PHILADELPHIA ‚ÄĒ As in many large cities across the country, high school students in Philadelphia sometimes witness violence as a part of their daily lives. But, one teacher had the courage to take steps toward making a difference for his students and others.
A student-teacher at University City High School, Andrew Biros, a 24-year-old native of Yardley, Pa., noticed some of his students felt helpless about the criminal activity they see, believing that there is nothing that can be done to stop the violence.
‚ÄúWhen I began imploring my students to identify issues within their community that they wanted to change, many expressed a significant level of apathy. Violence, drugs, crime ‚Äď these are our students‚Äô realities,‚ÄĚ Biros says.
Worse yet, they were convinced that nothing would ever change.
‚ÄúApathy is a crippling sentiment for young people to embody, especially young people who are required to overcome adversity in order to succeed,‚ÄĚ Biros explains.
For the past few months, 29 seniors in Biros‚Äô classroom have been studying the link between the education gap, the level of education attainment, economic mobility and Philadelphia‚Äôs crime rates.
The students are learning to generate engaging questions through inquiry-based lessons that require thoughtful analysis of research data pertaining to their own communities.
Biros drew from institutional sources including the Urban League of Philadelphia, The New York Times, The Philadelphia Inquirer, WHYY Radio, WPVI-TV and the Philadelphia Public School Notebook to create this original curriculum.
As a Leonore Annenberg Teaching Fellow and a student at Penn‚Äôs Graduate School of Education, Biros has established a classroom culture that is grounded in an inquiry- and constructivist-based approach to social-justice education.
‚ÄúPenn GSE‚Äôs inquiry approach has very much fostered in me the strength and resolve to tackle these types of issues with my students. It is a firm belief of mine that we must empower educators to come up with innovative methods of teaching and learning,‚ÄĚ Biros says.
The inquiry method is student-centered and focuses on students asking meaningful questions to generate solutions through self-reflection and focused research. It empowers students by giving them confidence in their ability to learn, and, when using this teaching method, the educator acts less as a vehicle to distribute facts and more as a coach to facilitate thinking and problem-solving skills.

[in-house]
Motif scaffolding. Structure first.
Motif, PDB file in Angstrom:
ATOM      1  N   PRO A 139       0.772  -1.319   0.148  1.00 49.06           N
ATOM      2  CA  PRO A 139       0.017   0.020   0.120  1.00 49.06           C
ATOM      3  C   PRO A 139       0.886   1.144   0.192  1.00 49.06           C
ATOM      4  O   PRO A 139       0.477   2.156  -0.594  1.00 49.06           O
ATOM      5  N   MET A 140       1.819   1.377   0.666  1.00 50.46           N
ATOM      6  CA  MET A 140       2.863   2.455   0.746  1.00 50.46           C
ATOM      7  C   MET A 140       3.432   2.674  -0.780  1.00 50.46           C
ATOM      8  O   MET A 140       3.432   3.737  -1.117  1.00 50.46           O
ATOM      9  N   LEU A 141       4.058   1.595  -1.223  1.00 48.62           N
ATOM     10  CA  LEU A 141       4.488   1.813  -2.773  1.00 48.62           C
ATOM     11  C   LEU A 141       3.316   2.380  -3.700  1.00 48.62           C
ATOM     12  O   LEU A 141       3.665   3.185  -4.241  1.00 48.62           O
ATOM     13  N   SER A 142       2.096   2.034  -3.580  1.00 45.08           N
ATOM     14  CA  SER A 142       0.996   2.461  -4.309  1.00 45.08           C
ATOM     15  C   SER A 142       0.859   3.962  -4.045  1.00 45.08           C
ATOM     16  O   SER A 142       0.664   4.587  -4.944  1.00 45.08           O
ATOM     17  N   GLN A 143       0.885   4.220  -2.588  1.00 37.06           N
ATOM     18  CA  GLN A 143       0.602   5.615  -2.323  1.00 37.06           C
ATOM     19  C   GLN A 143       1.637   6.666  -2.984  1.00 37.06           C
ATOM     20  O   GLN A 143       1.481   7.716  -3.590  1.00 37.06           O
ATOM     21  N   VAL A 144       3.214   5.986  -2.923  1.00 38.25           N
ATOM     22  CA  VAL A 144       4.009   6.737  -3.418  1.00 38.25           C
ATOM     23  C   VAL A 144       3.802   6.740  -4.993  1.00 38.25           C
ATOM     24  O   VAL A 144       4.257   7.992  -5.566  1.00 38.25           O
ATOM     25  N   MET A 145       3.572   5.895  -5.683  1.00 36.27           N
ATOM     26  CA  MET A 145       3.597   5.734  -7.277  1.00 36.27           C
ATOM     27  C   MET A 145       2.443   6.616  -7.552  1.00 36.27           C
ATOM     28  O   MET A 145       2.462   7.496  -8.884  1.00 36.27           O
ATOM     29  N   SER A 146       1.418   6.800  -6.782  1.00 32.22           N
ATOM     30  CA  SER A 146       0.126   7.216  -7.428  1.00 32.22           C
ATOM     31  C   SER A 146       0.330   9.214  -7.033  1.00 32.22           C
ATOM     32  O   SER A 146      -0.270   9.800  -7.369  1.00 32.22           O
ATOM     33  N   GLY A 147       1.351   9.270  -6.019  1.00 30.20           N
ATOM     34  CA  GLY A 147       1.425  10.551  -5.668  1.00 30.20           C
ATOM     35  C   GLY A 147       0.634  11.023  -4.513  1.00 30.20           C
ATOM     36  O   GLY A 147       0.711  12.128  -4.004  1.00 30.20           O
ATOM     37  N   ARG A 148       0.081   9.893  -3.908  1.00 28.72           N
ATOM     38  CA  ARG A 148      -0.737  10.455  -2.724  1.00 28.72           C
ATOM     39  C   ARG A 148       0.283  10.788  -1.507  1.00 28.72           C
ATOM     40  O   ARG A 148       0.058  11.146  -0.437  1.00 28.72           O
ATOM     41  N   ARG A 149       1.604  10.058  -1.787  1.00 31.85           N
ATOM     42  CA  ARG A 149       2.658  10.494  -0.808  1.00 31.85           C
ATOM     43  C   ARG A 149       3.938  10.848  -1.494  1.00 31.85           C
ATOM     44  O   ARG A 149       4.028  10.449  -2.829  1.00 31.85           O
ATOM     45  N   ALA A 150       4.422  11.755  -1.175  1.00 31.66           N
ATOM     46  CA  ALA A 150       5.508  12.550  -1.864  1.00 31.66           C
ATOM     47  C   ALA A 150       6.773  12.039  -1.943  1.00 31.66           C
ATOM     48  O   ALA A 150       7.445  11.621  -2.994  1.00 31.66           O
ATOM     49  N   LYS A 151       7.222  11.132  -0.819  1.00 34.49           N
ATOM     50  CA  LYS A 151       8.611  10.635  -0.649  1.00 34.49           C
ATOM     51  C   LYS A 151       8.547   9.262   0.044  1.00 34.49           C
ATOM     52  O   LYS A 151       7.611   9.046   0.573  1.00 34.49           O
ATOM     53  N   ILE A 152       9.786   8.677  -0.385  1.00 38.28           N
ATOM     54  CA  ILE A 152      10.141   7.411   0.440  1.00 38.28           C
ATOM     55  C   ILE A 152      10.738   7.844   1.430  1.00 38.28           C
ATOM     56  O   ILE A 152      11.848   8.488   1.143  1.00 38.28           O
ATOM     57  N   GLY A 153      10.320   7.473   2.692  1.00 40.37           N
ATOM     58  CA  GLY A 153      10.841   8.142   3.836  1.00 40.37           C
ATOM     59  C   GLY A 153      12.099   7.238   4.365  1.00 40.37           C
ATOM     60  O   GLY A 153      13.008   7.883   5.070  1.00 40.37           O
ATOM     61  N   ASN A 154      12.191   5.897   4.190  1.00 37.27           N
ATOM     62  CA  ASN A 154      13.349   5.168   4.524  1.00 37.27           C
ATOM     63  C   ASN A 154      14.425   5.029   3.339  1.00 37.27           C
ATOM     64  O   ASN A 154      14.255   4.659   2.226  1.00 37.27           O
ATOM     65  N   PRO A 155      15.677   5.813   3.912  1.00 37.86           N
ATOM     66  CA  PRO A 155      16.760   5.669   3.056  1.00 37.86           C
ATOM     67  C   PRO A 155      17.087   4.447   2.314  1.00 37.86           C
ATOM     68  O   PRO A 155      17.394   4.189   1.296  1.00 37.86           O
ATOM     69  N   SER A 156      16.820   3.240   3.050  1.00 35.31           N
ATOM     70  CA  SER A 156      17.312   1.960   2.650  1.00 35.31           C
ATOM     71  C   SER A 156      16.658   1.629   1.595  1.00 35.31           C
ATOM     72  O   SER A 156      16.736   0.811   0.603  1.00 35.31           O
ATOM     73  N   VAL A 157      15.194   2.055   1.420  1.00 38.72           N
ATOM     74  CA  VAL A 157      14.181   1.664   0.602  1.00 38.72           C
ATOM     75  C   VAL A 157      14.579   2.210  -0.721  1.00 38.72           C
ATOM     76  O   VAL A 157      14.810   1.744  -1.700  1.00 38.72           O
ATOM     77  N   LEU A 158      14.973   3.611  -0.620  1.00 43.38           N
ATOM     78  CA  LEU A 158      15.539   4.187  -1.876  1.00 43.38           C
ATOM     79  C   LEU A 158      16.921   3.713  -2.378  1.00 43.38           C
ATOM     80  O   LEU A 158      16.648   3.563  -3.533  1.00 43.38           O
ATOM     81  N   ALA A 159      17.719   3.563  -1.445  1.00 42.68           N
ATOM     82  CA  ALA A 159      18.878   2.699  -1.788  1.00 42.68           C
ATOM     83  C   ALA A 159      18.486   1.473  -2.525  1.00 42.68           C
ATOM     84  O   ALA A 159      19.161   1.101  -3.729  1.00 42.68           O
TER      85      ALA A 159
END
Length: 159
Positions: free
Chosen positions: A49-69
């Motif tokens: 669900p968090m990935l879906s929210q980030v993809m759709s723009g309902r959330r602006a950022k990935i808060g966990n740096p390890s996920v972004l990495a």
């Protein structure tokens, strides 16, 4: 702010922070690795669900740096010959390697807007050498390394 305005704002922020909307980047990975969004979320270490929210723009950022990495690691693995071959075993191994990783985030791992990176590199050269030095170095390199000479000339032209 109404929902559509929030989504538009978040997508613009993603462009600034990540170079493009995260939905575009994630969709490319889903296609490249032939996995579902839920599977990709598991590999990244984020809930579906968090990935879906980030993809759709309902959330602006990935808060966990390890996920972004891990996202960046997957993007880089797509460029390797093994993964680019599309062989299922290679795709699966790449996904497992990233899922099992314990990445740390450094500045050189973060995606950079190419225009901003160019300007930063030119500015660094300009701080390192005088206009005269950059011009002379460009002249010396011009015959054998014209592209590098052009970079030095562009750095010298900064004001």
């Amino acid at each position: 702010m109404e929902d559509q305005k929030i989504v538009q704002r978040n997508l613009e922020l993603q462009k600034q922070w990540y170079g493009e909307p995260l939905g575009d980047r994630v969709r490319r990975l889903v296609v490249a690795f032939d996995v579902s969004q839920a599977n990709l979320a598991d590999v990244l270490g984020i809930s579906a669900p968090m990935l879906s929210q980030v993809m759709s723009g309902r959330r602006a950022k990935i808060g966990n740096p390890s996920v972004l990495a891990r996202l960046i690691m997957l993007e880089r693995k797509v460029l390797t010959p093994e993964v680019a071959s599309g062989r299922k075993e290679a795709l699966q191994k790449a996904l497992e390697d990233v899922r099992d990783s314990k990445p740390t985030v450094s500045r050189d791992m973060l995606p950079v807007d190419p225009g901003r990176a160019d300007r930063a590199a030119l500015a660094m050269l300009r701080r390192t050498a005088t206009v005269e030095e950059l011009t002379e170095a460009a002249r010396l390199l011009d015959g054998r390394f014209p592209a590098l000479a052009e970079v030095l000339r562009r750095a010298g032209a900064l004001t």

Constructivism falls under this umbrella and suggests that students generate knowledge and meaning from their own interactions and experiences.
‚ÄúIdeas are more concrete when we are able to reason towards a solution ourselves,‚ÄĚ Biros explains.
He places a high value on students‚Äô voices, perspectives and experiences.
The point of this unique curriculum is to teach the children that, in order to access power and make change, it is essential to first understand the problems affecting one‚Äôs community.
Through the process of inquiry-based knowledge acquisition, the students are able to access that power and have their voices be heard, which can bring about change, Biros says.
‚ÄúMy role as a social-justice educator is to instill in my students a sense of empowerment and to show them the ways for them to access power. It is paramount that they understand that their voice matters and that, if they want to make change in their community, they need to make sure that their voice is heard by those who can assist in working towards that change,‚ÄĚ he says.
One of the people with the ability to incorporate change is Philadelphia Mayor Michael Nutter, a Penn alum. He agreed to participate in a private discussion with Biros‚Äô students.
Nutter will visit University City High School on Friday, March 16, to talk about the issues affecting these students and their communities, such as education, poverty and crime.
The mayor will engage in a discussion based on student-generated questions and explain how the city government is working to address these issues at their sources. He‚Äôll also share ways in which students can become more actively engaged with accessing power and affecting change within their own communities.
‚ÄúMy hope is that engaging with Mayor Nutter cracks away at some of that apathetic sentiment and demonstrates that elected officials do value my students‚Äô voice and view,‚ÄĚ Biros says. ‚ÄúI want my students to understand that those in power share the desire to work towards building a safer, more prosperous community, but that, in order for that to happen, it is paramount that my students engage with elected officials and let their voice be heard.‚ÄĚ
Other attendees will include the school‚Äôs principal, Timothy Stults; officials from the Philadelphia School District; representatives from Penn GSE; and personnel from Penn‚Äôs Netter Center for Community Partnerships.
Biros will earn his M.S.Ed. in secondary teacher education in May. In 2010, he earned his B.A. in political science from Penn.
As an undergraduate, he worked closely with Penn‚Äôs Fels Institute of Government and was a part of the team that released the first edition of the Fels Promising Practices report on the government‚Äôs use of social media. He also helped to organize the inaugural Interdisciplinary Public Policy Challenge as a part of an independent study.